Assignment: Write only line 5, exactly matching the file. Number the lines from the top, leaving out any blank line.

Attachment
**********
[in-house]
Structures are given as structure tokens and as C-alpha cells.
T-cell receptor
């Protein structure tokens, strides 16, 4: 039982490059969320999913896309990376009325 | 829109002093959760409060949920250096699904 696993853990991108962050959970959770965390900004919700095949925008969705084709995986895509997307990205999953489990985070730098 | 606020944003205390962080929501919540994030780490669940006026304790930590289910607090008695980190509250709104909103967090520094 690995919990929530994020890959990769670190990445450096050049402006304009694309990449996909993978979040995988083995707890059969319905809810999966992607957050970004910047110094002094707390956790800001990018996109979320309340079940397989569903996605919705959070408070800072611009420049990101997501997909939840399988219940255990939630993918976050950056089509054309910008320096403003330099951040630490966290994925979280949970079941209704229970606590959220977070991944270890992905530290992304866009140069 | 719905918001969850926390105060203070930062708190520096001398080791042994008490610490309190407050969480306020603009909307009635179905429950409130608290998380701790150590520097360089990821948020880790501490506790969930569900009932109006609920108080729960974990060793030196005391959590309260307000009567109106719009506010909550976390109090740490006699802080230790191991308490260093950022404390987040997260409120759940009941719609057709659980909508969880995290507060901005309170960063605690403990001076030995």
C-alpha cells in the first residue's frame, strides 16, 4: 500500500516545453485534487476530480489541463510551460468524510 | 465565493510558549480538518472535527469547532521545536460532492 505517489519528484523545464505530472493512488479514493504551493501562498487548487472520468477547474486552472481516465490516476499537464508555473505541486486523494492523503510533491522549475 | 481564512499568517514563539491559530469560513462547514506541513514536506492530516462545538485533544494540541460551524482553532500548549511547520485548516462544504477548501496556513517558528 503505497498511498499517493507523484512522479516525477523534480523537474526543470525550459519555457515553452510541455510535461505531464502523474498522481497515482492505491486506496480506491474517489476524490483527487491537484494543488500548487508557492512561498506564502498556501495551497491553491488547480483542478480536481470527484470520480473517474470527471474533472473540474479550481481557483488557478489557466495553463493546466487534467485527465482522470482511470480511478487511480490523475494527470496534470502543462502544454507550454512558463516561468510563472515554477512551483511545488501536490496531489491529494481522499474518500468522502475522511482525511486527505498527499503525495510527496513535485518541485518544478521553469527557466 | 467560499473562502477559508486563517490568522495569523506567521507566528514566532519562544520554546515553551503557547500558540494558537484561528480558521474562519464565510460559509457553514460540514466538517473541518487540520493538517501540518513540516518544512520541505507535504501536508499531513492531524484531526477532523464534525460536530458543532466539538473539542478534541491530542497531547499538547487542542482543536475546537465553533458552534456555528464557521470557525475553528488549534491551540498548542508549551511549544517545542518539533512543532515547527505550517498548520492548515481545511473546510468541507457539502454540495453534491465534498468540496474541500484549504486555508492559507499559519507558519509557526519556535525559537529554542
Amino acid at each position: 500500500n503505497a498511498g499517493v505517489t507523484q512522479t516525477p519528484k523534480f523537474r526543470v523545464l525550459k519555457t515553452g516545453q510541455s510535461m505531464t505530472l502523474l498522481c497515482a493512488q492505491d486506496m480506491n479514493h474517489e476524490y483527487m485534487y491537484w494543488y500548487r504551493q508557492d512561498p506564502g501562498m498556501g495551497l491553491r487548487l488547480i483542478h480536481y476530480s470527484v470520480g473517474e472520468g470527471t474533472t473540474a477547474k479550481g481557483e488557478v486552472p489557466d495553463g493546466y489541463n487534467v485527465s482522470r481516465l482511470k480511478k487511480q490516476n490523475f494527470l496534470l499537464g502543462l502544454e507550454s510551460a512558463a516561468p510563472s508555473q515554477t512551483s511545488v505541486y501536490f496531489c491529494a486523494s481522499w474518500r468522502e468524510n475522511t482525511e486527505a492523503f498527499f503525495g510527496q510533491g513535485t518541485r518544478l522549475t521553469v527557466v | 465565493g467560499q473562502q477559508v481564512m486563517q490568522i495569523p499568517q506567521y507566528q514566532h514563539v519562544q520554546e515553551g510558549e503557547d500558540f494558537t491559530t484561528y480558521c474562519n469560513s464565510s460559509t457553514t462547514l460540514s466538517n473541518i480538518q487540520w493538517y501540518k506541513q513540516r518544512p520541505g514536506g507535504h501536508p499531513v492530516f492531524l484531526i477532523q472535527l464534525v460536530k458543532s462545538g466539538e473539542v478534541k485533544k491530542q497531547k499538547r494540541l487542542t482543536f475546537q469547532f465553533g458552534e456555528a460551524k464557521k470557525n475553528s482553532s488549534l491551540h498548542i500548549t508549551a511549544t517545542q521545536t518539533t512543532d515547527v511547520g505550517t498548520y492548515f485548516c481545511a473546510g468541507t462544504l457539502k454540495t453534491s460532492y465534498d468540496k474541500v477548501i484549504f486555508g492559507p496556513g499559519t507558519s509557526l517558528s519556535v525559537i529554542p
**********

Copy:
C-alpha cells in the first residue's frame, strides 16, 4: 500500500516545453485534487476530480489541463510551460468524510 | 465565493510558549480538518472535527469547532521545536460532492 505517489519528484523545464505530472493512488479514493504551493501562498487548487472520468477547474486552472481516465490516476499537464508555473505541486486523494492523503510533491522549475 | 481564512499568517514563539491559530469560513462547514506541513514536506492530516462545538485533544494540541460551524482553532500548549511547520485548516462544504477548501496556513517558528 503505497498511498499517493507523484512522479516525477523534480523537474526543470525550459519555457515553452510541455510535461505531464502523474498522481497515482492505491486506496480506491474517489476524490483527487491537484494543488500548487508557492512561498506564502498556501495551497491553491488547480483542478480536481470527484470520480473517474470527471474533472473540474479550481481557483488557478489557466495553463493546466487534467485527465482522470482511470480511478487511480490523475494527470496534470502543462502544454507550454512558463516561468510563472515554477512551483511545488501536490496531489491529494481522499474518500468522502475522511482525511486527505498527499503525495510527496513535485518541485518544478521553469527557466 | 467560499473562502477559508486563517490568522495569523506567521507566528514566532519562544520554546515553551503557547500558540494558537484561528480558521474562519464565510460559509457553514460540514466538517473541518487540520493538517501540518513540516518544512520541505507535504501536508499531513492531524484531526477532523464534525460536530458543532466539538473539542478534541491530542497531547499538547487542542482543536475546537465553533458552534456555528464557521470557525475553528488549534491551540498548542508549551511549544517545542518539533512543532515547527505550517498548520492548515481545511473546510468541507457539502454540495453534491465534498468540496474541500484549504486555508492559507499559519507558519509557526519556535525559537529554542